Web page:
Some songs become popular because of their melodies and rhythms, some because of the universality or profundity of their lyrics, and some because they're simply fun. But there's another category: songs which may or may not be very noteworthy in themselves, but lend themselves to extraordinary performances. (If Pavarotti sang "The ABC Song," it would be worth listening to.) "Uno Dei Tanti" ("One of Many"), which you're likely to recognize immediately, is such a song. Written by Carlo Donida and Giulio "Mogol" Rapetti, it was released in Italy in 1961, performed by Joe Sentieri - - - but that was just the beginning. So, we begin with Sentieri's original:
That was the Italian original, and, without even knowing the lyrics, one is struck by its dramatic nature. Which is a good thing, because, when adapted to English by legendary tunesmiths Jerry Leiber and Mike Stoller, the song became hopelessly melodramatic. In America, the song largely appealed to teenagers, who, if I recall correctly, are melodramatic by nature. It was first recorded in English by Ben E. King, and was an immediate Top 40 hit in 1963; but, gifted as King was, his was not the greatest recording, with a syrupy arrangement which robbed the song of its basic appeal. But it was covered by many other artists, including the Righteous Brothers, whose unearthly counterpoint was well-suited to drama. Here, then, is "I Who Have Nothing:"
Well, that was the Top 40 version, or one of them, and it's fine by me. But it wasn't written to be a teen anthem, as evidenced by this rendition by Italian pop star Milva, with a uniquely dramatic arrangement and orchestration. By the way, Milva was a devotee of the great Ennio Morricone, and did an album dedicated to him; the orchestration for this cover would not be out of place in a Spaghetti Western:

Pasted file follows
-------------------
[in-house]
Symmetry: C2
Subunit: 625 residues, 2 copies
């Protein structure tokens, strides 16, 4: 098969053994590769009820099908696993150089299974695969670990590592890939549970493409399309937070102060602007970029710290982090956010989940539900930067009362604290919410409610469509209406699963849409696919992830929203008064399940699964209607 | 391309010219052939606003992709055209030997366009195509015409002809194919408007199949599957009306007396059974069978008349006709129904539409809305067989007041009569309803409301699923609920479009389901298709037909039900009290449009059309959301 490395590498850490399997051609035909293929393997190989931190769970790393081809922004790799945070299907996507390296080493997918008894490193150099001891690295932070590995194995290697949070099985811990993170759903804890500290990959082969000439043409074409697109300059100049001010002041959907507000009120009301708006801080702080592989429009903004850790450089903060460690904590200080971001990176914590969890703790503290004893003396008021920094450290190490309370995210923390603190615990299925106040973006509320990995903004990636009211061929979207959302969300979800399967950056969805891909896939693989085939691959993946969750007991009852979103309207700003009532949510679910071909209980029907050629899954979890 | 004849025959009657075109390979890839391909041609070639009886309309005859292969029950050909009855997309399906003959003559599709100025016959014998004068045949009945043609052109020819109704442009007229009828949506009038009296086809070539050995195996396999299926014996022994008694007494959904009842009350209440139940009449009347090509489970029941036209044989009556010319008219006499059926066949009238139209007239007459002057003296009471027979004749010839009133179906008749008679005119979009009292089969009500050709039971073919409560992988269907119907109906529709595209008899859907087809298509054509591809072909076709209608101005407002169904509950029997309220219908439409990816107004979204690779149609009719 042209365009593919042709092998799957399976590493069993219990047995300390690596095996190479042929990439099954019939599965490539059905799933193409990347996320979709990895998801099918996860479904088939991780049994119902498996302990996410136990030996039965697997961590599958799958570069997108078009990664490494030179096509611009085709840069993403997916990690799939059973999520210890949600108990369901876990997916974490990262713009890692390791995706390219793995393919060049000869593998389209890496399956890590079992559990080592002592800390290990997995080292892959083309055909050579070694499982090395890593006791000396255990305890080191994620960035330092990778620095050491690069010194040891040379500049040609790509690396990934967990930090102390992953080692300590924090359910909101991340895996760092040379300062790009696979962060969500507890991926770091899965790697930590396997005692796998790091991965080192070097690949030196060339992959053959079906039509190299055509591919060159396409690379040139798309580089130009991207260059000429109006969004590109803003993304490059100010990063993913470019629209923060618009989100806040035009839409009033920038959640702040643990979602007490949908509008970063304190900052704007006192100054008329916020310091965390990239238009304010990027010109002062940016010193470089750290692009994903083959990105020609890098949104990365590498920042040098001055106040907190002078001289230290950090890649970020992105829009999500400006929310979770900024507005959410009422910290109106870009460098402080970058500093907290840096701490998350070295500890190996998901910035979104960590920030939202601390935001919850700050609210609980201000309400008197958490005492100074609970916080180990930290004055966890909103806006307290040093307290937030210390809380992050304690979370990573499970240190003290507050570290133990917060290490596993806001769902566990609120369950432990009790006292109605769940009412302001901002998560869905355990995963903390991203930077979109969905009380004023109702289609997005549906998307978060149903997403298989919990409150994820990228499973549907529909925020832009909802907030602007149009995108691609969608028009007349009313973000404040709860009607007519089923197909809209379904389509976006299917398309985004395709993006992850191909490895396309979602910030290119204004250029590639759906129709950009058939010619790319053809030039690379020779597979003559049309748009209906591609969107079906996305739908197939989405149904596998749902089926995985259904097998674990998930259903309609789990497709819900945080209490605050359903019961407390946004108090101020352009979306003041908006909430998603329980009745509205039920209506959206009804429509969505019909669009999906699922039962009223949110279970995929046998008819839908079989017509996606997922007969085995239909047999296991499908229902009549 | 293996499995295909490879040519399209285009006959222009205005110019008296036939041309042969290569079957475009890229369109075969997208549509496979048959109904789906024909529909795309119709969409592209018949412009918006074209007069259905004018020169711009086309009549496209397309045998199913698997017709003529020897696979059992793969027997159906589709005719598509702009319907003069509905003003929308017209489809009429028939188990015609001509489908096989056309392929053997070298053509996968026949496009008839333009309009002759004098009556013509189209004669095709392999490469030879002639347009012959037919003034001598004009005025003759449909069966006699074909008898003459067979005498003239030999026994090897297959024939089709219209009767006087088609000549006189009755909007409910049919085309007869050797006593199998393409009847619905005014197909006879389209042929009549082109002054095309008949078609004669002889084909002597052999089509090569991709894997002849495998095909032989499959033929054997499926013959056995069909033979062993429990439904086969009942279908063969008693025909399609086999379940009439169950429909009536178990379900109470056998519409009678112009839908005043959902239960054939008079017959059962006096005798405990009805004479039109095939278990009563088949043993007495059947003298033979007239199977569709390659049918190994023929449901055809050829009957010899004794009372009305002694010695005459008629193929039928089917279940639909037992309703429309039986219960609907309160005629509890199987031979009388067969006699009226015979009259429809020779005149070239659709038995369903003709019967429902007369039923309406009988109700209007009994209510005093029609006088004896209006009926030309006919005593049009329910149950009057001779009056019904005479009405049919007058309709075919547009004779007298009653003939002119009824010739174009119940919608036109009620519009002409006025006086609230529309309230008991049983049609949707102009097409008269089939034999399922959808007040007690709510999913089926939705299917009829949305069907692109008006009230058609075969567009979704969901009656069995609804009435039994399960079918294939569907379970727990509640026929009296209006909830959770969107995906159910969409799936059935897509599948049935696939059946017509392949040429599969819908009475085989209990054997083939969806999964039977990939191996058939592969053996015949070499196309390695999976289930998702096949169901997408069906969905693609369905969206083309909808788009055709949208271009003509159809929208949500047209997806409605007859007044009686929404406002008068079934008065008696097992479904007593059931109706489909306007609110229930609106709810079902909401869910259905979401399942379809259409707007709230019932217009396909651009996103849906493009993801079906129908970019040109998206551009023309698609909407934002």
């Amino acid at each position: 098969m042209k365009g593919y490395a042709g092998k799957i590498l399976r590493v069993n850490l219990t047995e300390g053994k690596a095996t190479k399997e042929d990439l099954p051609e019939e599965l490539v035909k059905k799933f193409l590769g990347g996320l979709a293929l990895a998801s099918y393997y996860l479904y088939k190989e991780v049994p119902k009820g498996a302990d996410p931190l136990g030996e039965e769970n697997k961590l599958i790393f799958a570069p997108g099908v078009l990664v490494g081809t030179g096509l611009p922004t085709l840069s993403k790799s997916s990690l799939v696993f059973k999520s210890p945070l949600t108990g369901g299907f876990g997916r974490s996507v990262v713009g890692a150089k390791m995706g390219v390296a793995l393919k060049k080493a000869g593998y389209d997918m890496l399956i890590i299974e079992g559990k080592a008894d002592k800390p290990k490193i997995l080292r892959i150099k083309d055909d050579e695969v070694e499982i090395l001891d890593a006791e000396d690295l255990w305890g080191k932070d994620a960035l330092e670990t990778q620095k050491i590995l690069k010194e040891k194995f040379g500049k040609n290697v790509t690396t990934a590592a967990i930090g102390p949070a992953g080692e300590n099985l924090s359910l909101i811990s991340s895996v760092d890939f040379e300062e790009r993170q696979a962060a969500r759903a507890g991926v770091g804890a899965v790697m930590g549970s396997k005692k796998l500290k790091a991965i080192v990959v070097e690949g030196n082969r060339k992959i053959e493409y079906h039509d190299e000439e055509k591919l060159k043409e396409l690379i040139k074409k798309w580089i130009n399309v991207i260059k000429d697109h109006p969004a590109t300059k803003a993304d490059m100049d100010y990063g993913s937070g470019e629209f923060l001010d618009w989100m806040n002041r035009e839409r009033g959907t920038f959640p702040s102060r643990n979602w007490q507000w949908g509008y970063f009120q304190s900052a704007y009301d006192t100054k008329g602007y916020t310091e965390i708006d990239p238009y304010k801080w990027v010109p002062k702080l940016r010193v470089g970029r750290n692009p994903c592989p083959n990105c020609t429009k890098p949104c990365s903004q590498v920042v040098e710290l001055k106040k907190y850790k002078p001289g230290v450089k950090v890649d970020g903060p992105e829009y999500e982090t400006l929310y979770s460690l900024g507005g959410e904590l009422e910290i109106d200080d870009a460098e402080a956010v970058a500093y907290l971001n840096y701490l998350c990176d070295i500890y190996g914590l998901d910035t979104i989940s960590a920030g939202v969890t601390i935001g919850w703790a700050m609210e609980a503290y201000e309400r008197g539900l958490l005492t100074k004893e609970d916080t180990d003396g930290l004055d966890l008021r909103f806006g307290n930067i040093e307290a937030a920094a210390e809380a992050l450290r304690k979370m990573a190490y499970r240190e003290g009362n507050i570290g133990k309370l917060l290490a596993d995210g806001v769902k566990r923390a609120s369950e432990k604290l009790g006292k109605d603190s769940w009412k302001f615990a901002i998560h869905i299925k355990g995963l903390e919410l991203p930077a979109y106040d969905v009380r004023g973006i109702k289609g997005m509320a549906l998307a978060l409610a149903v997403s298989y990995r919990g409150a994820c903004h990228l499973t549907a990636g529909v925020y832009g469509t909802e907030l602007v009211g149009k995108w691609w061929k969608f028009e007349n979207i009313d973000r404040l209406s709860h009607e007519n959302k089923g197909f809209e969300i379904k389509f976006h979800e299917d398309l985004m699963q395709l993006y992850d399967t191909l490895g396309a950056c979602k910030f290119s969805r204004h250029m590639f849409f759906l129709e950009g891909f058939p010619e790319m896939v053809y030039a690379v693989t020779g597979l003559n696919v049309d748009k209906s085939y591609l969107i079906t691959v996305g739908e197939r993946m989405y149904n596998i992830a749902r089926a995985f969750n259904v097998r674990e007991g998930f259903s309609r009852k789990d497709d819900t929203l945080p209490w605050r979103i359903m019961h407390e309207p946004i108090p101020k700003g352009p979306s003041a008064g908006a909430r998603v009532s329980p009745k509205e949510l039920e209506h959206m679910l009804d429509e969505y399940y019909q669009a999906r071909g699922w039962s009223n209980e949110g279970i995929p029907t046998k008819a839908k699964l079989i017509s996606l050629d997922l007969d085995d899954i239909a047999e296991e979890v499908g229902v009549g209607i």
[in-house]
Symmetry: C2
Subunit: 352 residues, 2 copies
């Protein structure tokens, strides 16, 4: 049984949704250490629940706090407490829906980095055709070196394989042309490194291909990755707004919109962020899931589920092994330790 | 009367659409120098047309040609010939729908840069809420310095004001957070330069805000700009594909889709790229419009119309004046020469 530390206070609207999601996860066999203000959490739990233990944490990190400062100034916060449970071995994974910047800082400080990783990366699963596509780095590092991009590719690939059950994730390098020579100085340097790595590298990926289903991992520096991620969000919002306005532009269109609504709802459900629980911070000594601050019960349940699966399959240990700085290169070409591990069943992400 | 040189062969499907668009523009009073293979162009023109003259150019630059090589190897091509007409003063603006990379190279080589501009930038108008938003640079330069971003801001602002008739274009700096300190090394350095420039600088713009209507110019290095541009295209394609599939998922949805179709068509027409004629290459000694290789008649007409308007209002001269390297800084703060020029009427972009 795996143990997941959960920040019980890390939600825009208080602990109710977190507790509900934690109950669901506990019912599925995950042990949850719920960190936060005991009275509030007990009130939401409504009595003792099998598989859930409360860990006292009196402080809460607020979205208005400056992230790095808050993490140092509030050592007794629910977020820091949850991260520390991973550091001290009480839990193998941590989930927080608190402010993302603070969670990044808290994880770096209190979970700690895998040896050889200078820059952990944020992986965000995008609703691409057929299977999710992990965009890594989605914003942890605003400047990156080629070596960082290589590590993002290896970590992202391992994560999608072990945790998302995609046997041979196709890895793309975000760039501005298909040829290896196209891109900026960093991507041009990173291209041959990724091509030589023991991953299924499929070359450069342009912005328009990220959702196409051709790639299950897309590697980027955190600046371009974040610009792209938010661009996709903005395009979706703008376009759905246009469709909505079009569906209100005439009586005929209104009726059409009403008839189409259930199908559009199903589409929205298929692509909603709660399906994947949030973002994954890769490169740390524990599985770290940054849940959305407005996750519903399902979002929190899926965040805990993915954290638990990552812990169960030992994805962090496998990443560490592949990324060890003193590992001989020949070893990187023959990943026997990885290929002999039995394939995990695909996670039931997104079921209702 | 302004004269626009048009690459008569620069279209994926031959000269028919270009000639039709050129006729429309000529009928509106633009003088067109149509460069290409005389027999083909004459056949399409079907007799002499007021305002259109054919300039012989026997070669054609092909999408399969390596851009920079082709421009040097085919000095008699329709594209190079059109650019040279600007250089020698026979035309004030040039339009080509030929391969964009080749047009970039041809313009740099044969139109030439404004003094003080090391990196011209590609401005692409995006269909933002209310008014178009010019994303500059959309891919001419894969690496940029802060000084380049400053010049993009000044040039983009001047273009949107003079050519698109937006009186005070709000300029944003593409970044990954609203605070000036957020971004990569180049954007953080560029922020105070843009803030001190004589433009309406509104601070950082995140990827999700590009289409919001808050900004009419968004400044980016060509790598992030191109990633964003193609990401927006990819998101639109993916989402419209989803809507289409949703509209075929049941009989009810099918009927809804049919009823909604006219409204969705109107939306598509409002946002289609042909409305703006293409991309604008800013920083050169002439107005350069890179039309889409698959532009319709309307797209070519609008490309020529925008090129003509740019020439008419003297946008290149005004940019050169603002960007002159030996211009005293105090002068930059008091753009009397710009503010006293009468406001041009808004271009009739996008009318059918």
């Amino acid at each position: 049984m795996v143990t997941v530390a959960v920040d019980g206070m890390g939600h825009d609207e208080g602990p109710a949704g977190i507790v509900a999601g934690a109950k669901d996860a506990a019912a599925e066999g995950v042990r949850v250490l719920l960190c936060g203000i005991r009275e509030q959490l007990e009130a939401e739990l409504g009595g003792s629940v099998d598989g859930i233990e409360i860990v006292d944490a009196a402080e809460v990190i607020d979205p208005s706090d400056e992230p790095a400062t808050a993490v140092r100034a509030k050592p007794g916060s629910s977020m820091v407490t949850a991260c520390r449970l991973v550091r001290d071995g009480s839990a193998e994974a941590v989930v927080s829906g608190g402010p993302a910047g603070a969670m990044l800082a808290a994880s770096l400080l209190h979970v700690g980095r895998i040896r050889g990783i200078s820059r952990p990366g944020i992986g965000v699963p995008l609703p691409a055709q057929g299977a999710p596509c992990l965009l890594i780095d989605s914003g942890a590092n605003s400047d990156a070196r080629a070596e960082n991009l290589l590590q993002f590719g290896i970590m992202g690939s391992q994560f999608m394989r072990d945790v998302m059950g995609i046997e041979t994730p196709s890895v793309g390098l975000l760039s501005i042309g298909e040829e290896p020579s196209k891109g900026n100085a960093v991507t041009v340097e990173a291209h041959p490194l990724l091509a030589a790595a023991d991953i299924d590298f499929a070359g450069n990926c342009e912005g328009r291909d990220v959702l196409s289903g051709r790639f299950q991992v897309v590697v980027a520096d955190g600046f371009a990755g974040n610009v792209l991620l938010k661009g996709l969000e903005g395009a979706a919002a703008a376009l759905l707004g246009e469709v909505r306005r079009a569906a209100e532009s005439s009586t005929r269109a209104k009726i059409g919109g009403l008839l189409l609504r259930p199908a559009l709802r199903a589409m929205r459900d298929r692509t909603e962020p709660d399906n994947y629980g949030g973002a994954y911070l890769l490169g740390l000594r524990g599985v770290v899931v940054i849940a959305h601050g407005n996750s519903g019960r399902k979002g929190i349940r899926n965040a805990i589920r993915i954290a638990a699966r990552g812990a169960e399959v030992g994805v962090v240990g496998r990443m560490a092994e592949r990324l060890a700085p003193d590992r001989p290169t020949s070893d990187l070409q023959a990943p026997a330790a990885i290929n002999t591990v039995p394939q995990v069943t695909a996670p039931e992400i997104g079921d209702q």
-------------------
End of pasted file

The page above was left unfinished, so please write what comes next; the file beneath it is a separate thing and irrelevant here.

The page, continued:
Very nice indeed. And the song continued to be popular in both languages. Tom Jones had the highest-charting American version, in 1970; but even this modest ditty deserves better than an Elvis manqué from Wales. So, here's a more respectable version, by another Brit:
A song this dramatic, however, should be heard, at least once, in a live performance. Studio orchestras are fine, but how does the song play to a living, breathing crowd? We'll see. First, before an audience that looks like a Grand Old Opry crowd, is Nicola "Niko" Congiu:
Yes, sir! That's the way! Niko knows how to sell a song! But so does Shirley Bassey, of "Goldfinger" fame, in this performance, which was arranged by the great studio producer George Martin. Dame Shirley, as it happens, had charted in England with the song, before Tom Jones recorded it, and was apparently as unimpressed with his performance as I was:
As we said at the beginning, the strength of this ballad is its potential for drama. And, as we've seen in numerous other posts, few American pop stars can create a dramatic rendition better than the mature Neil Diamond. It's not a great song; but, in the hands of the right singer, it can sound like one. I hope you've enjoyed it.